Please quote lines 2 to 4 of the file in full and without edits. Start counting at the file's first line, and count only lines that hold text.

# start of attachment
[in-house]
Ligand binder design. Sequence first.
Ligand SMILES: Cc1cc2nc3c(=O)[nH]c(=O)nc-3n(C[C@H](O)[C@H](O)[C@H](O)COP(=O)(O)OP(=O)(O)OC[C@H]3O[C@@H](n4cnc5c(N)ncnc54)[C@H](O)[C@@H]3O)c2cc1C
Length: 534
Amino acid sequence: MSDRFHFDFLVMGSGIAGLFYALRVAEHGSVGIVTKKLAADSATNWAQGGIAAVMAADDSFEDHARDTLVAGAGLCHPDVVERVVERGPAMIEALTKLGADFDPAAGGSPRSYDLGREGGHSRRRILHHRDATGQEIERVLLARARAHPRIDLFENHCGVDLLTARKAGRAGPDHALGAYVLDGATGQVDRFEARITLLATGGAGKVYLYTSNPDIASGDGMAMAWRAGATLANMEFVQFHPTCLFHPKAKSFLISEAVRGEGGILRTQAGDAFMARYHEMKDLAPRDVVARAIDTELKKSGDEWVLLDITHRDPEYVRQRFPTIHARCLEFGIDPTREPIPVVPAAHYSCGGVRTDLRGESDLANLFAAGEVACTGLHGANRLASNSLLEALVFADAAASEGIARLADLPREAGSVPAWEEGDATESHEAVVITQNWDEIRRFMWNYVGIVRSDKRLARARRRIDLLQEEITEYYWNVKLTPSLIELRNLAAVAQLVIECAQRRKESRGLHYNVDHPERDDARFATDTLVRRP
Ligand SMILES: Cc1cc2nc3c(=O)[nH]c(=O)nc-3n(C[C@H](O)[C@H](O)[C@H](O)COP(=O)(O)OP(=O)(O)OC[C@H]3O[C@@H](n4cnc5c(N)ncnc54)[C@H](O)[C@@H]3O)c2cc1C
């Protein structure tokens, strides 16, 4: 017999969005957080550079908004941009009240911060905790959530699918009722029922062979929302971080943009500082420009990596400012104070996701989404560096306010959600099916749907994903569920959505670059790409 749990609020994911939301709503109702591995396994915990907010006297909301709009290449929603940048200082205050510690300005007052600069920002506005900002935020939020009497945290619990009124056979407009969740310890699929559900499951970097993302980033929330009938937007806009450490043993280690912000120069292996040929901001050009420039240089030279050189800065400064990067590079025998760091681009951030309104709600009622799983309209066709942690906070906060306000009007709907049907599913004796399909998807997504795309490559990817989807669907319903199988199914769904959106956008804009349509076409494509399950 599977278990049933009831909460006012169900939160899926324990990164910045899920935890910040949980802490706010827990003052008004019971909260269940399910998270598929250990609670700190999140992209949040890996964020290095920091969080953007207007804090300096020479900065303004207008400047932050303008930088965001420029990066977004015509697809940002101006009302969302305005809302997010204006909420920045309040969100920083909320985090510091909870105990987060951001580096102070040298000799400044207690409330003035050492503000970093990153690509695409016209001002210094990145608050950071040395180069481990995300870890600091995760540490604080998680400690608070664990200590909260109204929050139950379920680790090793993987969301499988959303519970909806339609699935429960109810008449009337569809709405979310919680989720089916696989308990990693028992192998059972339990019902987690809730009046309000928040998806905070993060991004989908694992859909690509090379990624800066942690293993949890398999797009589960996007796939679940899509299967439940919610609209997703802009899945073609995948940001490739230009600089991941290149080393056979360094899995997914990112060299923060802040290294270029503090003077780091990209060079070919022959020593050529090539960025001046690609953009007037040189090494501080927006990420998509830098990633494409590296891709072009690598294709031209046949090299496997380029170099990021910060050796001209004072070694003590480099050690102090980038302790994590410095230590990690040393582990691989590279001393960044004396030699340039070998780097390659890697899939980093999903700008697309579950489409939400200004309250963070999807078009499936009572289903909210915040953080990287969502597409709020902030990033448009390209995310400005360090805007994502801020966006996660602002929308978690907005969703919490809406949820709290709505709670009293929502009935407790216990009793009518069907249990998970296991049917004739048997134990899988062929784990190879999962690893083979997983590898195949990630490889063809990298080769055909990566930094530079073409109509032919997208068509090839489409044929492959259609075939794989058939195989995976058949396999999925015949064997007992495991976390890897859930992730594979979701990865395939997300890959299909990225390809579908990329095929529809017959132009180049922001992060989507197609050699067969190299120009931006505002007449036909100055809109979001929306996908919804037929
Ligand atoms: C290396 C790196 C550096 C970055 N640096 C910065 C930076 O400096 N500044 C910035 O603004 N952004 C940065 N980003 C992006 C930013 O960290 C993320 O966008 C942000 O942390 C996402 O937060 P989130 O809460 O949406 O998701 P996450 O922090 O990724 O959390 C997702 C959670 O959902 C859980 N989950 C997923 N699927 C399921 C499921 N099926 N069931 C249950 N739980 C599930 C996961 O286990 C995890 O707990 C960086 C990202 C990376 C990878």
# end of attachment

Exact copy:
Ligand binder design. Sequence first.
Ligand SMILES: Cc1cc2nc3c(=O)[nH]c(=O)nc-3n(C[C@H](O)[C@H](O)[C@H](O)COP(=O)(O)OP(=O)(O)OC[C@H]3O[C@@H](n4cnc5c(N)ncnc54)[C@H](O)[C@@H]3O)c2cc1C
Length: 534